As found for actuator disc RANS models, a turbulence source is required at the actuator disc to account for the turbulence generated by a turbine. While the far wake velocity profiles compare well with experiments it was found that actuator disc LES models under predict the turbulence intensity in the near wake and the mean velocity is over predicted . An extension to the uniform actuator disc model was developed to generate turbulence for LES models . The method, called a gridded-actuator disc, applies the momentum sink terms on a grid pattern within the actuator disc. This generates turbulence from the shear between the grid bars, akin to grid generated turbulence. Further, the generation of turbulence at the inlet to LES models is also problematic . A new, and simple method has been created where a grid pattern is projected onto the inlet boundary producing grid-generated turbulence that develops naturally within the LES domain, called a gridInlet . The generated turbulence then decays such that different turbulence intensities and length scales are produced at different distances downstream from the inlet.
The problem of understanding the effects of turbulence on a marine current turbine has therefore been simplified to investigate the effects of grid-generated turbulence on an actuator disc. Using this method, the integral length scales and turbulence intensities are controlled by changing the grid size and downstream distance from the inlet, as described in . Grid-generated turbulence is approximately isotropic and uniform profiles of velocity are produced, eliminating effects from boundary layers and other shear gradients.
This work considers the effects of turbulence intensity and integral length scale on the wake behind a gridded actuator disc using an LES model with a gridInlet to produce grid-generated turbulence. The numerical method is first described before the general effects of turbulence are discussed along with the influence of turbulence on the centreline velocity profile. The isolated effects of turbulence intensity and integral length scale are then discussed and compared with published experimental data before the conclusions and implications of this work are made.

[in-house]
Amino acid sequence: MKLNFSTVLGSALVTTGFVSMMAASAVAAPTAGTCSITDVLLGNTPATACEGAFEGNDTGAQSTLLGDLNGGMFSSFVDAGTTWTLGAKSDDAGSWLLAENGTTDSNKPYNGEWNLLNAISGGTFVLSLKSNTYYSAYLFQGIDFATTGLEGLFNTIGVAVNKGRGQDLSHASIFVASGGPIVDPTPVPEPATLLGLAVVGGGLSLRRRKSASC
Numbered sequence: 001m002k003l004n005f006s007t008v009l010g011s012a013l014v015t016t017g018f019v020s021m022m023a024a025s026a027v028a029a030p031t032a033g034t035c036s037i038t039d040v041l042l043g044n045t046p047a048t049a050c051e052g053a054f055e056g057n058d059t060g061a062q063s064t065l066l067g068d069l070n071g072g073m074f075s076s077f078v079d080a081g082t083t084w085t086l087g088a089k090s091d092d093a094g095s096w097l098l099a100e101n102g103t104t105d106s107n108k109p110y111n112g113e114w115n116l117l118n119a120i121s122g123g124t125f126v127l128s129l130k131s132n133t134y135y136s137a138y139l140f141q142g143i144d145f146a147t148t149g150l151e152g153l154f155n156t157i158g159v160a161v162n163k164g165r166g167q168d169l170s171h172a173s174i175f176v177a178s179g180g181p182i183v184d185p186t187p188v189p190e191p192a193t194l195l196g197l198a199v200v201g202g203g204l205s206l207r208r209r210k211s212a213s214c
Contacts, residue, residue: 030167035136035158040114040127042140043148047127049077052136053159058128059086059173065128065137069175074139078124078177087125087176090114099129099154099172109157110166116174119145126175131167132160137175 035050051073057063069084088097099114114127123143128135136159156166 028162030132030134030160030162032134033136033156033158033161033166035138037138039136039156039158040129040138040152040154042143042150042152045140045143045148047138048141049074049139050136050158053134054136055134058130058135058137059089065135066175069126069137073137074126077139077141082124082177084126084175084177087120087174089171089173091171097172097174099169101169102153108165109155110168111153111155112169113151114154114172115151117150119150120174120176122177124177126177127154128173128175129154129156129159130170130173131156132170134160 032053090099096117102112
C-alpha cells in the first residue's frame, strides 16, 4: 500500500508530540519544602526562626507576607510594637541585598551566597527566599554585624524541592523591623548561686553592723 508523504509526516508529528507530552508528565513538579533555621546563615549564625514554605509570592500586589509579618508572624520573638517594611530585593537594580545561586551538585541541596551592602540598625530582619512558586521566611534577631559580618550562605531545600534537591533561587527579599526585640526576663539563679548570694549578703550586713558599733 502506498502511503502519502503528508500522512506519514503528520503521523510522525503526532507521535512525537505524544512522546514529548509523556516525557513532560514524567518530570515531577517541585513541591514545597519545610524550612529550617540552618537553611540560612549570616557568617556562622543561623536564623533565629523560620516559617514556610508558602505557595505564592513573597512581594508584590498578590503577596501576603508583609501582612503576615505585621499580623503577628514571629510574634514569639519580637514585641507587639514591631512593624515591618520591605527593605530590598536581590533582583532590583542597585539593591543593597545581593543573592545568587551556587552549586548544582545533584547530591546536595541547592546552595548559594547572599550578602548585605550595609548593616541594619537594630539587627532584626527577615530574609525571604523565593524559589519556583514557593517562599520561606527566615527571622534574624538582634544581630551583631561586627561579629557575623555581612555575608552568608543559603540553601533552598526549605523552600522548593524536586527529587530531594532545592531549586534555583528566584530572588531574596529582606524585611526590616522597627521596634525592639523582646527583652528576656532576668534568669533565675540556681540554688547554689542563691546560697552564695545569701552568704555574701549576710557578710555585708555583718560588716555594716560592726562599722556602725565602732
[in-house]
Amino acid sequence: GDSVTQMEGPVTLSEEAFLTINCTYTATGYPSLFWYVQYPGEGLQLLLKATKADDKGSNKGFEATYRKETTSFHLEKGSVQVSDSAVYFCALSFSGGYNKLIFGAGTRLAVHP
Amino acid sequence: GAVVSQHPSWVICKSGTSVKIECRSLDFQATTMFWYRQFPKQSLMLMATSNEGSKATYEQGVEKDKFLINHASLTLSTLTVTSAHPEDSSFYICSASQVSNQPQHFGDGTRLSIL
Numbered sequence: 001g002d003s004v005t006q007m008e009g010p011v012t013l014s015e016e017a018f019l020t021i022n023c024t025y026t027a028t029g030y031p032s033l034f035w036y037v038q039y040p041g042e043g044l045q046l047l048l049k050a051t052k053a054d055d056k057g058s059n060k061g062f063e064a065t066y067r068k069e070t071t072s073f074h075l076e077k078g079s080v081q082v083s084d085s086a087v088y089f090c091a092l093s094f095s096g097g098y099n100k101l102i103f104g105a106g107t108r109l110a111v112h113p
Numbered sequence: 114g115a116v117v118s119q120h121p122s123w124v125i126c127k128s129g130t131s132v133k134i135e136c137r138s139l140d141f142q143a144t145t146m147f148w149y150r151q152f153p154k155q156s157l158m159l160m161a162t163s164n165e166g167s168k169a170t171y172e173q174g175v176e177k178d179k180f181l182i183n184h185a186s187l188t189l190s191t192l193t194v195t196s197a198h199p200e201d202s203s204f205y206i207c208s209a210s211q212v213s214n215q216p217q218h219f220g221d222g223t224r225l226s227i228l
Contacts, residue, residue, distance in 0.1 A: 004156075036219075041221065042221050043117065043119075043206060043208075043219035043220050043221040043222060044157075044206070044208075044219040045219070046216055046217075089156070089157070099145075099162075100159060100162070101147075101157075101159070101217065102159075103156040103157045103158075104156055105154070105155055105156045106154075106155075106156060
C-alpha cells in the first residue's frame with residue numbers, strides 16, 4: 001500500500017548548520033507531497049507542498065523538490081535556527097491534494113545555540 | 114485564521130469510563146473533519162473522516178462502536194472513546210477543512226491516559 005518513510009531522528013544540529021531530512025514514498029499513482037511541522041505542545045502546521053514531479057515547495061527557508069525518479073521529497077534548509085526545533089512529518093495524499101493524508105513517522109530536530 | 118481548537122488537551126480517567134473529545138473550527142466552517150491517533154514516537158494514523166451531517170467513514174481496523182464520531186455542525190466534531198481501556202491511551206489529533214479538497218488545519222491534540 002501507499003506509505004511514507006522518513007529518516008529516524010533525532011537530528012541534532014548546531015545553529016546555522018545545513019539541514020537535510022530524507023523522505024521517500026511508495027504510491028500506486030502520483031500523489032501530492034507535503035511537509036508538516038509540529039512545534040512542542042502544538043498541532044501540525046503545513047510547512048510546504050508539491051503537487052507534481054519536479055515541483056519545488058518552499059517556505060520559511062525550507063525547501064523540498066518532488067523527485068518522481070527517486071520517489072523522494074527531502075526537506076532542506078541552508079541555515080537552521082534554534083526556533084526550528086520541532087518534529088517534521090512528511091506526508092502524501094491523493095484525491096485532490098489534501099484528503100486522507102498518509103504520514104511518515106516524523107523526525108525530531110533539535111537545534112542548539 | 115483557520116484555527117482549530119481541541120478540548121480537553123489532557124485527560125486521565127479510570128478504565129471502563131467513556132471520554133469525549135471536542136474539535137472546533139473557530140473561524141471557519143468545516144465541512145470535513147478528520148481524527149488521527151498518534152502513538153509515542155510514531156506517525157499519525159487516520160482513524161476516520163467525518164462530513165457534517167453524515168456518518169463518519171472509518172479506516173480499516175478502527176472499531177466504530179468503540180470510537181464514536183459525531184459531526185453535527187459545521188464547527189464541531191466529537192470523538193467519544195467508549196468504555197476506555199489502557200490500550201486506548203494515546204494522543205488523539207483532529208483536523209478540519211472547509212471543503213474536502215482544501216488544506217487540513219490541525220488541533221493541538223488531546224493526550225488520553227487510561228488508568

2. Numerical domain and method
The numerical domain for the analysis is shown in figure 2. The domain has a low blockage ratio of less than 1.5%, where the blockage ratio is defined as the ratio of actuator disc area to total cross-sectional area. The domain was split into a mesh of hexahedral cells using the OpenFOAM native meshing software blockMesh and snappyHexMesh . Simulations were performed with an actuator disc on different mesh densities refined from one cell across the actuator disc to 11 cells across the actuator disc. Figure 3 shows very little change in the wake velocity at 2D with different mesh densities. However, the thrust and power coefficients will be more sensitive as are functions of velocity squared, and cubed, respectively. It was found that a mesh density with a minimum of four cells across the disc thickness was required for mesh independence, as shown in figure 4. This results in a mesh with a cell size of 0.5 mm in the disc region. The mesh expands to 2 mm cell size up to 6D downstream and 4 mm cell size in the far wake. The mesh requirements at the inlet were based on the findings presented in  for a gridInlet. Table 1 details the overall number of cells and the turbulence characteristics for the five different cases used.
(a) Inlet grid-generated turbulence using a gridInlet